Skip to main content

The Foray into Digital Forensics

As part of  my tertiary studies I'm now working on Digital Forensics. Our latest assignment includes some steganography, some bit shifting and writing a forensic report on a made-up or actual scenario that we find or invent.

I thought it might of use to write a bit about the experience I'm having getting into this. From the course we are supplied a variety of different tools with a variety of different capabilities. Being a Linux chap, I thought it would be cool to go into the open source tools. Running ElementaryOS on laptop has made this difficult and more than a little frustrating. Perhaps because I'm not big on what the best tools are, or the install methods - but I'm experiencing annoyance. I'm currently downloading Ubuntu 14.04 Desktop to put the SANS Investigative Forensic Toolkit (SIFT) version 3 on it. Details on SIFT can be found at I'll work this later - I'm still waiting on Ubuntu to download. It doesn't help living out in the bush.

The Windows tools I have played with thus far include:

  • ProDiscover Basic
  • Hex Workshop
  • OSForensics
  • WinHEX
I've also found Notepad++ to be quite useful. It's a very powerful notepad replacement I find useful for many applications of work - find it here:

The textbook also seems pretty good - "Guide to Computer Forensics and Investigations" Nelson, Phillips and Steuart are the authors. Lots of good examples and methods for working through things. Annoyingly, but this is to be expected, it all has a US slant on it, including laws and rights. Translating them into Australian can be tricky at times. There are a lot of good resources on the Net - SANS as I've already mentioned, CERT and AusCERT aren't bad. Google is, as always, your friend.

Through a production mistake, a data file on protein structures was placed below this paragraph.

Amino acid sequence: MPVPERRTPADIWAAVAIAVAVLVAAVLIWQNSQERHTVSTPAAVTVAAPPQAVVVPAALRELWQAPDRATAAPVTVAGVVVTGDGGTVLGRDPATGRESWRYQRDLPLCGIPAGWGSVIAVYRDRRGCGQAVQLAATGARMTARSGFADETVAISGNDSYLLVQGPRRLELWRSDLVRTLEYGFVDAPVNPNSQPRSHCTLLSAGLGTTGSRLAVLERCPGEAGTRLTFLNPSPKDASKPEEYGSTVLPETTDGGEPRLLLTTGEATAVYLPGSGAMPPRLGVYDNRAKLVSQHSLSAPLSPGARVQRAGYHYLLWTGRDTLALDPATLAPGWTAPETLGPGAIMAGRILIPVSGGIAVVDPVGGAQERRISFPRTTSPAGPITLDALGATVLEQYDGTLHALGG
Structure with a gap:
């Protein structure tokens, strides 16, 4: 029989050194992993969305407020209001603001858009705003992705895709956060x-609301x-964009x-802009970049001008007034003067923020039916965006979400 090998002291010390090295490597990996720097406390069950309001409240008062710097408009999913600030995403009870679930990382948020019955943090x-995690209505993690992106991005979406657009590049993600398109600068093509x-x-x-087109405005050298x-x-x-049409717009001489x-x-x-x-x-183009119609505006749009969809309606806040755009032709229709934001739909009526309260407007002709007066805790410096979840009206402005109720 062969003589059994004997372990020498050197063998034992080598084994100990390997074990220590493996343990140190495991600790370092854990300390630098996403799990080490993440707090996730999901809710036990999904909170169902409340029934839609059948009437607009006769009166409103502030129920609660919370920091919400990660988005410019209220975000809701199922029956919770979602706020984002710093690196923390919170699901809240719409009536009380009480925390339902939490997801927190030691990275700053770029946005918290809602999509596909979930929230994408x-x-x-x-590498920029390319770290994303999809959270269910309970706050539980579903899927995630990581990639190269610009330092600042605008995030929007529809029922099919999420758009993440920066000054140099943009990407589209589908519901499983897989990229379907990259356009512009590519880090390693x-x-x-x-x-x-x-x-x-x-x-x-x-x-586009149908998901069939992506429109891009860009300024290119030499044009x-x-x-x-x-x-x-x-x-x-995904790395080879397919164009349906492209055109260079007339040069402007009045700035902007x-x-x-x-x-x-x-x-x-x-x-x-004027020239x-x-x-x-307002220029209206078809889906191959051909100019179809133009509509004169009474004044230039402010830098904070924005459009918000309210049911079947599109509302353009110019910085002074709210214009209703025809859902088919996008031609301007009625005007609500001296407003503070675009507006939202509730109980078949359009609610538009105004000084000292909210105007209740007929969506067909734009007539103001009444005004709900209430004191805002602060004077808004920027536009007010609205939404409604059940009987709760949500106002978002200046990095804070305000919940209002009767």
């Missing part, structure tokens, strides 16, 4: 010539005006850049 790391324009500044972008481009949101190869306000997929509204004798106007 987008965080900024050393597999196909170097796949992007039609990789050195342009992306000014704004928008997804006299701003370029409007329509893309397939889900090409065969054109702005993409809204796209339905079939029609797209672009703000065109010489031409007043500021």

I've spoken with some friends about this and they immediately assume its like CSI-Cyber and we use cyber to describe everything - it's a cybercrime, it's a cyberstalking, its a cyberpen I'm writing on this cyberpaper with etc. Of course it's not like that at all. Lots of painstaking attention to detail and writing a *lot* of notes. You can't blow through this stuff on a hunch - stupid TV shows seem to make it a lot easier than it is and people jump around with ideas and stuff all the time. What a bag of pish! At any rate it's fascinating stuff if you have the patience and technical background for it.

I'll update and add a post as I play with SIFT and with the particular case I'm investigating.

I have spent some time on the digital forensic reddit which has some great info and great help for people. I thank the contributors for their time and effort. Was looking through a bit list of blogs and stuff about forensics. Sad that so many of them have fallen away. There's some gold in amongst it though. On to the SIFT install!


  1. Great article. I also ca say that today security of data in internet is very important. I studied data room review and there are good variants.


Post a Comment

Popular posts from this blog

Plone - the open source Content Management System - a review